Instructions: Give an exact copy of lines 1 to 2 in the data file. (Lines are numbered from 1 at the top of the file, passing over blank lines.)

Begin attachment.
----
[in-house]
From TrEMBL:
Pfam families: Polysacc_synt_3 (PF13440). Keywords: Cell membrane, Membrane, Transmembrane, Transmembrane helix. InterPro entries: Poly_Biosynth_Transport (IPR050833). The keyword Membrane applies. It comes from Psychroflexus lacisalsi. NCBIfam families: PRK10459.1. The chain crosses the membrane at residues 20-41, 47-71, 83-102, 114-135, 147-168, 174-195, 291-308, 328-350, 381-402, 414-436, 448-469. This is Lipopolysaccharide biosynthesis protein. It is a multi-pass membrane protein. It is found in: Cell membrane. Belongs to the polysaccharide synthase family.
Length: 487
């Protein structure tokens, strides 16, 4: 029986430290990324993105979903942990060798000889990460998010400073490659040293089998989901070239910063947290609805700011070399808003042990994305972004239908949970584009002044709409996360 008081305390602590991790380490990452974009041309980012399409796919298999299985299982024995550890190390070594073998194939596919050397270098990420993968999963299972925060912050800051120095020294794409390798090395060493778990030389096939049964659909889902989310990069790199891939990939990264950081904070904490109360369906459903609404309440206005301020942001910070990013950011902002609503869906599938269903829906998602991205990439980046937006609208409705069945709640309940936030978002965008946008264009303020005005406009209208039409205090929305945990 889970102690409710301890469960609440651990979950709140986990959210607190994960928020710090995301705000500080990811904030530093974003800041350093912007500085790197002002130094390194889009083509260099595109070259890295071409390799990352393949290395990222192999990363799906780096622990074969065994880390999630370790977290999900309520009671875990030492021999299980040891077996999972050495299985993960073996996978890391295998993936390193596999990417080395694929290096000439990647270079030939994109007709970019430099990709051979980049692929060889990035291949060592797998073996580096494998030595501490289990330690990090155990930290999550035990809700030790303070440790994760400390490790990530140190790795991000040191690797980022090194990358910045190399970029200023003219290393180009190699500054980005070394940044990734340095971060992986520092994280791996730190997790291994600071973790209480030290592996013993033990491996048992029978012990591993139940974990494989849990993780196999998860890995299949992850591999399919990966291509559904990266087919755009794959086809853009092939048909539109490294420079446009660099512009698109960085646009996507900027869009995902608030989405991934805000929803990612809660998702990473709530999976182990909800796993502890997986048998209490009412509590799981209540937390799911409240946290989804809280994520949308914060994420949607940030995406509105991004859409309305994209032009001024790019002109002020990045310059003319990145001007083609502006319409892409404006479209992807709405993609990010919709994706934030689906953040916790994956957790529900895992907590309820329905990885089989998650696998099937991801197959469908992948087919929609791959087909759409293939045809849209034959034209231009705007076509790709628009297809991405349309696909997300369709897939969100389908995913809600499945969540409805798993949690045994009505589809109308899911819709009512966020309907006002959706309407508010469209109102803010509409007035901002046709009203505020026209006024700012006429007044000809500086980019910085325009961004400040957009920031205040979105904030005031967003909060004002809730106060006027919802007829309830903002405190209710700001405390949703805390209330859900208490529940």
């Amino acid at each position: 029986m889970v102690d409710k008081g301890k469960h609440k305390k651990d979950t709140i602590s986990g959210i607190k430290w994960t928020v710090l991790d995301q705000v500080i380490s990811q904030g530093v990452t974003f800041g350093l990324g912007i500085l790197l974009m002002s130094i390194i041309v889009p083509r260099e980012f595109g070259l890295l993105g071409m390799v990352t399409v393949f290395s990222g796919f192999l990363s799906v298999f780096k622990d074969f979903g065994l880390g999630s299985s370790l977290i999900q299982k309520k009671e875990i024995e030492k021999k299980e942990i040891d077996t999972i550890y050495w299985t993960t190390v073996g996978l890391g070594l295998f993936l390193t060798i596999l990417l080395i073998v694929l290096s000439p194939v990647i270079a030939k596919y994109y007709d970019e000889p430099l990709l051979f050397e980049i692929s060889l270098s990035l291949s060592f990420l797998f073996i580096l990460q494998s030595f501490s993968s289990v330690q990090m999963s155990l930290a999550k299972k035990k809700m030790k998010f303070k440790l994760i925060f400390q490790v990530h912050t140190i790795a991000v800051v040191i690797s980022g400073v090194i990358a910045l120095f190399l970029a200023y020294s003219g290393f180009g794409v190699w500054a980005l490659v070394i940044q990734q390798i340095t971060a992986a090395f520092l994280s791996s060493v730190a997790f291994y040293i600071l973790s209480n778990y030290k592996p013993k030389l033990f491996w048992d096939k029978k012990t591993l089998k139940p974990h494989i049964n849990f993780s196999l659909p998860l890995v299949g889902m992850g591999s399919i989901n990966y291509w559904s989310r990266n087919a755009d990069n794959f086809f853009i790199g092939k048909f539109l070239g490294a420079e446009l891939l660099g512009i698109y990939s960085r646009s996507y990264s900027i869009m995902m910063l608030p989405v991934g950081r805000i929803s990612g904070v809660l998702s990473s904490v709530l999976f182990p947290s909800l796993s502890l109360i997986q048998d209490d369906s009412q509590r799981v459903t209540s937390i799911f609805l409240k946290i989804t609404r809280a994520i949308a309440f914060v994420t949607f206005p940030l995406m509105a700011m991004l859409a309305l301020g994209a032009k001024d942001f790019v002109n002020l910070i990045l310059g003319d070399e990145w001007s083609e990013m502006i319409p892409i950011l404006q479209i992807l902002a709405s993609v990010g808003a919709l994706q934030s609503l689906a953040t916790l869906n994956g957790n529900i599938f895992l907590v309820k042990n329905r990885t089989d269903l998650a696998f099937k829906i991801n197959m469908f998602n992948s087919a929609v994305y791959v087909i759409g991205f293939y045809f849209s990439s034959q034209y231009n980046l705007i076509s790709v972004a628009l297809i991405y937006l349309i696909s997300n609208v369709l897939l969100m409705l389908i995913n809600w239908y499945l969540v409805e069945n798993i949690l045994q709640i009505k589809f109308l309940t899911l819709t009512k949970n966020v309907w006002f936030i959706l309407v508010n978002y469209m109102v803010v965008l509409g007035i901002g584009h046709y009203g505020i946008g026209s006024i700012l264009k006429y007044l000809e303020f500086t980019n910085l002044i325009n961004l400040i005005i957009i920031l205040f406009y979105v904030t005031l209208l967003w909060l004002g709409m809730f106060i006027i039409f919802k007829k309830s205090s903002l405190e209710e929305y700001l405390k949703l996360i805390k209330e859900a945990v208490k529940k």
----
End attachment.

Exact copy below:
[in-house]
From TrEMBL: